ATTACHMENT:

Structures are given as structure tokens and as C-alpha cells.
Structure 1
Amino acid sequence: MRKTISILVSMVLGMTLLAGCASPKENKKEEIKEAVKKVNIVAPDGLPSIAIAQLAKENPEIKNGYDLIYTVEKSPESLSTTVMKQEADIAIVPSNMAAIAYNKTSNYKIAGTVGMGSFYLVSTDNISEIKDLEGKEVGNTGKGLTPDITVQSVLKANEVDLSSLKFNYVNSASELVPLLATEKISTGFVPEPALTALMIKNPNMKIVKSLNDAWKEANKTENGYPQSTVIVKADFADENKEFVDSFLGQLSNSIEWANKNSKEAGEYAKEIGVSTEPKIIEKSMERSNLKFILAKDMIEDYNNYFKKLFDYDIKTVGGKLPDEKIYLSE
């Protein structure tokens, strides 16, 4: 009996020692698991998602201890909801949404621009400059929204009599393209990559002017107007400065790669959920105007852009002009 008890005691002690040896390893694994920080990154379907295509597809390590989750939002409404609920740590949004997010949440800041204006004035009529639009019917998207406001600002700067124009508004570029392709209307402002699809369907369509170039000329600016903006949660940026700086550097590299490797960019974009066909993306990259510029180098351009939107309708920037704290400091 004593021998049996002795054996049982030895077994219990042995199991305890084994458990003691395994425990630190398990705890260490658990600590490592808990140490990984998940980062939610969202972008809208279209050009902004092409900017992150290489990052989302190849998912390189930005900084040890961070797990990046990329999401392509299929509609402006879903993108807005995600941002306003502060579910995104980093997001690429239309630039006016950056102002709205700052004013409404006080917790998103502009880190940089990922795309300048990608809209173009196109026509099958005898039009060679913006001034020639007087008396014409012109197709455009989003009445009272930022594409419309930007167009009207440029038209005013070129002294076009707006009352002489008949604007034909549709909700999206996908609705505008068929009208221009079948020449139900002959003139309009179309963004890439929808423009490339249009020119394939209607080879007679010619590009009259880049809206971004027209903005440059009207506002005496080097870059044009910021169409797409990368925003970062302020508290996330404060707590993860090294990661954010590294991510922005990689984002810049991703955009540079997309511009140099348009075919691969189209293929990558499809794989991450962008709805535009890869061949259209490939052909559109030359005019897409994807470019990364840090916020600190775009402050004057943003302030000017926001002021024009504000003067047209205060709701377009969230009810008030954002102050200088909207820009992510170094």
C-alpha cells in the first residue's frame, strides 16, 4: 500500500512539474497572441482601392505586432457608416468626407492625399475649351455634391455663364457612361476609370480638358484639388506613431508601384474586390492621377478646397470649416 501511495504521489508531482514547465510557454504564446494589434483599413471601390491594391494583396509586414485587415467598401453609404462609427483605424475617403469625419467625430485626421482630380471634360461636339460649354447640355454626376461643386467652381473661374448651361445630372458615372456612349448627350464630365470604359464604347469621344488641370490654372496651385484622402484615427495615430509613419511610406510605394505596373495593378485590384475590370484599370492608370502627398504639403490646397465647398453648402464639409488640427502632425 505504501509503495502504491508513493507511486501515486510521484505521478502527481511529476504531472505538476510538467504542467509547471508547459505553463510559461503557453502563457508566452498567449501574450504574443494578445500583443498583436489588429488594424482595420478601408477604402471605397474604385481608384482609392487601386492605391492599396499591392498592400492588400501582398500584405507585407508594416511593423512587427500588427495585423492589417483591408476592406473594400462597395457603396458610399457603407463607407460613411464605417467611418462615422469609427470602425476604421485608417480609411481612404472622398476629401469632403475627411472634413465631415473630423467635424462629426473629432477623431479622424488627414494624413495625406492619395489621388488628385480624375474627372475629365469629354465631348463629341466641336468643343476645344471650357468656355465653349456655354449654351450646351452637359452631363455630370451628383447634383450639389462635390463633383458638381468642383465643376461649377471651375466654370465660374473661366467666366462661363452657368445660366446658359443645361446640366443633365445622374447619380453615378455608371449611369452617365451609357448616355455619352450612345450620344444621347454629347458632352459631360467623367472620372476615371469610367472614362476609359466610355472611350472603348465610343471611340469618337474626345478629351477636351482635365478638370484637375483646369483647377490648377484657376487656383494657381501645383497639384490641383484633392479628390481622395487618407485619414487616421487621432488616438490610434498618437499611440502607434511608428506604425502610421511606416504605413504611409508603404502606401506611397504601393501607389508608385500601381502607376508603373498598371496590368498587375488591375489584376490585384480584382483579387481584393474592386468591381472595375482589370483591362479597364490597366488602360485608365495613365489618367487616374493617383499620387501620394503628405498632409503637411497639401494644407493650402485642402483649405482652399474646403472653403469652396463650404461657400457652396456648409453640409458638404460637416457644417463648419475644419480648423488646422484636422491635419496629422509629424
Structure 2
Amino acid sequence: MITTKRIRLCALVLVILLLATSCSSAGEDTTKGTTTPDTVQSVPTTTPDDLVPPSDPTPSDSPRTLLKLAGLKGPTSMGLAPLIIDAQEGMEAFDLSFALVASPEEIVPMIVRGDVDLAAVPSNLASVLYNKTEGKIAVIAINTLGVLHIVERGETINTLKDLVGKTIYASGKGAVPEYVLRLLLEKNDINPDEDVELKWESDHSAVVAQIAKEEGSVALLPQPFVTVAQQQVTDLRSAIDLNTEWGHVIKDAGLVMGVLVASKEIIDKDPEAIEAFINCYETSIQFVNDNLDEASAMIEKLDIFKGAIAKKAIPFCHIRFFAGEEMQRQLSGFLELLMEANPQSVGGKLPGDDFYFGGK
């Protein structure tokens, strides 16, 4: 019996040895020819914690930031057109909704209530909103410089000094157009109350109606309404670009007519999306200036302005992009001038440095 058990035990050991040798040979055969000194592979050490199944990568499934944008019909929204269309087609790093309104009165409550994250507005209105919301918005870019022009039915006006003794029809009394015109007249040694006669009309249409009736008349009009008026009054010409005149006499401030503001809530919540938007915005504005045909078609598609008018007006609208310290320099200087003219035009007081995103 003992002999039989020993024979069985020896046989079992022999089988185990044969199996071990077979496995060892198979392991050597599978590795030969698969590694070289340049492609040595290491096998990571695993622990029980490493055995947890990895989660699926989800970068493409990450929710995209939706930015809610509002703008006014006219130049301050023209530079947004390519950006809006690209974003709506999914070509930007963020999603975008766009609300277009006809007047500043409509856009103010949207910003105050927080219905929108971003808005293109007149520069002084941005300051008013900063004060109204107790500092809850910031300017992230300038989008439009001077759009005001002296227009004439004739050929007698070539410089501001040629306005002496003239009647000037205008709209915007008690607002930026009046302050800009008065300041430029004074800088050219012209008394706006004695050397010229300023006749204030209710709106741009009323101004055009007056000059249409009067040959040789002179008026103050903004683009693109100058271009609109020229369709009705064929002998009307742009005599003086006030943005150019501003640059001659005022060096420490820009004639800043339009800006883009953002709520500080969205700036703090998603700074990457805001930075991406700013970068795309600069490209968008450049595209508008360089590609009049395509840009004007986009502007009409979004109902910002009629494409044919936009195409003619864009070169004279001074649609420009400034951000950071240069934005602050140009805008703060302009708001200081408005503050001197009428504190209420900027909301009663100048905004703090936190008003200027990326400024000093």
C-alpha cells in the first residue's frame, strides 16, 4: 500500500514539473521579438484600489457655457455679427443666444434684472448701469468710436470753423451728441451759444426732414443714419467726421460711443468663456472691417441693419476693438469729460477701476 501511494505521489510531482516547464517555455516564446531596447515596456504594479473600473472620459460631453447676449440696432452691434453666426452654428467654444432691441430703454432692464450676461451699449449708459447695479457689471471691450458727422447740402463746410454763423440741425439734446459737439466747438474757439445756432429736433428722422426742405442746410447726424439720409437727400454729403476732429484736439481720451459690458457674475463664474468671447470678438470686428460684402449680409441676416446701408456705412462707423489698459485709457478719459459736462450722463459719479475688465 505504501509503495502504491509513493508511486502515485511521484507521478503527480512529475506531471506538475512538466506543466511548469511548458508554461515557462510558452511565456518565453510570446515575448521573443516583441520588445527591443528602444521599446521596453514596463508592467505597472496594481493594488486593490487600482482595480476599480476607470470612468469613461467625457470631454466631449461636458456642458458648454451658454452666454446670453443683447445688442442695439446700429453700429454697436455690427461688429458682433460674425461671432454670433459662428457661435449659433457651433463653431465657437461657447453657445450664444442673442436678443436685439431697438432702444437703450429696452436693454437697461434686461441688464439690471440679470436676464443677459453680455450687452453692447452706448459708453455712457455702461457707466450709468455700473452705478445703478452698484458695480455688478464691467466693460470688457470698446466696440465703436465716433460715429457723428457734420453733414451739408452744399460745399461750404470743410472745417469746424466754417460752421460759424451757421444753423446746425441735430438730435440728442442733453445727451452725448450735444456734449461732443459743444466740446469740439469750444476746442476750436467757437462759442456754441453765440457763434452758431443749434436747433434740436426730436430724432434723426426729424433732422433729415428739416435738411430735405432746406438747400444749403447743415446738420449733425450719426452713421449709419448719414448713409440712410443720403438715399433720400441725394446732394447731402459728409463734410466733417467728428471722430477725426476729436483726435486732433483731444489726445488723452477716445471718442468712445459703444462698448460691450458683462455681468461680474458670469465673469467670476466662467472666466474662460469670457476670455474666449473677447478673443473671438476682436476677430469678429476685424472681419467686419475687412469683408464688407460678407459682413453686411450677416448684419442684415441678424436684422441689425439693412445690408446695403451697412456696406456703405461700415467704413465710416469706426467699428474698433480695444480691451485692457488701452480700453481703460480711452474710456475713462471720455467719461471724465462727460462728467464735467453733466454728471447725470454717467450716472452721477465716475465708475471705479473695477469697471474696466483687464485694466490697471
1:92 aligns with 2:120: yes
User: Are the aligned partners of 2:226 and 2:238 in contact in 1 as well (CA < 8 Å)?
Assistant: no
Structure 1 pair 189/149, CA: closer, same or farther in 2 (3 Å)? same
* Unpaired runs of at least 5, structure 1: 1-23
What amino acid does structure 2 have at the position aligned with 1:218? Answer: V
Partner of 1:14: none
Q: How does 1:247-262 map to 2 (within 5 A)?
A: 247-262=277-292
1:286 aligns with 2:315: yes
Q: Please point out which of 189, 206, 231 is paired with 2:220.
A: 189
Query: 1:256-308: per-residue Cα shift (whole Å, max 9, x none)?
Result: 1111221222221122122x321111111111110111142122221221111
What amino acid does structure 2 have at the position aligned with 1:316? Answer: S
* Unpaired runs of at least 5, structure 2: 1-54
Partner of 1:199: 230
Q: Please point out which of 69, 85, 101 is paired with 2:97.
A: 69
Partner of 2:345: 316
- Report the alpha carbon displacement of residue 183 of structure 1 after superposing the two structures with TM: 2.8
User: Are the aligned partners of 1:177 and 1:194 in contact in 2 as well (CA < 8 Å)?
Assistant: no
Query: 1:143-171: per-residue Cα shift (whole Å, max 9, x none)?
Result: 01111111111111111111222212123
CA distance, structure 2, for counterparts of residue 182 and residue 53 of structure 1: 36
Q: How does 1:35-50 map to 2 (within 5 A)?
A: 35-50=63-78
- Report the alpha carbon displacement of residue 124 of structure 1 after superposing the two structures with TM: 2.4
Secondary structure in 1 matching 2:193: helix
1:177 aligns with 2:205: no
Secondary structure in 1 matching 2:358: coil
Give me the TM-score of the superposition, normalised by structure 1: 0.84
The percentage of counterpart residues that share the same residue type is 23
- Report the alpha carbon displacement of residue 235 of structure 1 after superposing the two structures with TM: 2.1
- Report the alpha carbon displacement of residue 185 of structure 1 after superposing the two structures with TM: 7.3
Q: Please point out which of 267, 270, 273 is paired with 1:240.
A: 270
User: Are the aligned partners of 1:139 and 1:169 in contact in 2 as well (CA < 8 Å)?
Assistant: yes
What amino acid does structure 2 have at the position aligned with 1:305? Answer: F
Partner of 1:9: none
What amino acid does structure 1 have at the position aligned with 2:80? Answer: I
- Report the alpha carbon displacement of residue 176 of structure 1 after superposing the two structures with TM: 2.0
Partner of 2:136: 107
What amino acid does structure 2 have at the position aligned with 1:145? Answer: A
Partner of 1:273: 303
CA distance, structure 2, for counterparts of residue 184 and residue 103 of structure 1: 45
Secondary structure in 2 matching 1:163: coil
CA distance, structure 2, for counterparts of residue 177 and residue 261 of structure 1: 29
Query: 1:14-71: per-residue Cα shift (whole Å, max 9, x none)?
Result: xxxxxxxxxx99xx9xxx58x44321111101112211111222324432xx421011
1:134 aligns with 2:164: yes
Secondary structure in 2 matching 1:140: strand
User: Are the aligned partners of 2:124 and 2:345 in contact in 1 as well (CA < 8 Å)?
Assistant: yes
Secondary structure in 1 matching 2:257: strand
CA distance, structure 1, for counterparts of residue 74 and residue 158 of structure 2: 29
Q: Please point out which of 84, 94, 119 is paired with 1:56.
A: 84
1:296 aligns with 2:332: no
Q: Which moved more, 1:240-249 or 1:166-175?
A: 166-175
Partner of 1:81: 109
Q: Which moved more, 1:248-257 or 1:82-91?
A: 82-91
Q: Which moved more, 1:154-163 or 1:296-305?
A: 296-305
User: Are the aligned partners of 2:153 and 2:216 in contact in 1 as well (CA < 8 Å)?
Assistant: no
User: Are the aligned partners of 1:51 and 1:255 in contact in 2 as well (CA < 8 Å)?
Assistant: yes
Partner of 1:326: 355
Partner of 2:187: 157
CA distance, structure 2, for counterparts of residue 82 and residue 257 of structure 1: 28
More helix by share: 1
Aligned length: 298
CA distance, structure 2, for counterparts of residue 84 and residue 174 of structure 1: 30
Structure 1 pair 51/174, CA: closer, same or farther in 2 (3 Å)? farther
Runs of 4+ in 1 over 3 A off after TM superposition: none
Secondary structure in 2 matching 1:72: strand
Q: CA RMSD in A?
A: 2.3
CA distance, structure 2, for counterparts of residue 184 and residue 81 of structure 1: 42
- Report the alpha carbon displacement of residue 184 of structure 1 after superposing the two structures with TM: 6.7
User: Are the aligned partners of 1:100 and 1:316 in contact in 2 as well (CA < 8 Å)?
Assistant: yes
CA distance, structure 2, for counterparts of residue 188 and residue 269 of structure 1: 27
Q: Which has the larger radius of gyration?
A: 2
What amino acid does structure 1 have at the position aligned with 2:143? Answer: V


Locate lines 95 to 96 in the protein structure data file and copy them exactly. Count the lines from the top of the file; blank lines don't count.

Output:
User: Are the aligned partners of 1:100 and 1:316 in contact in 2 as well (CA < 8 Å)?
Assistant: yes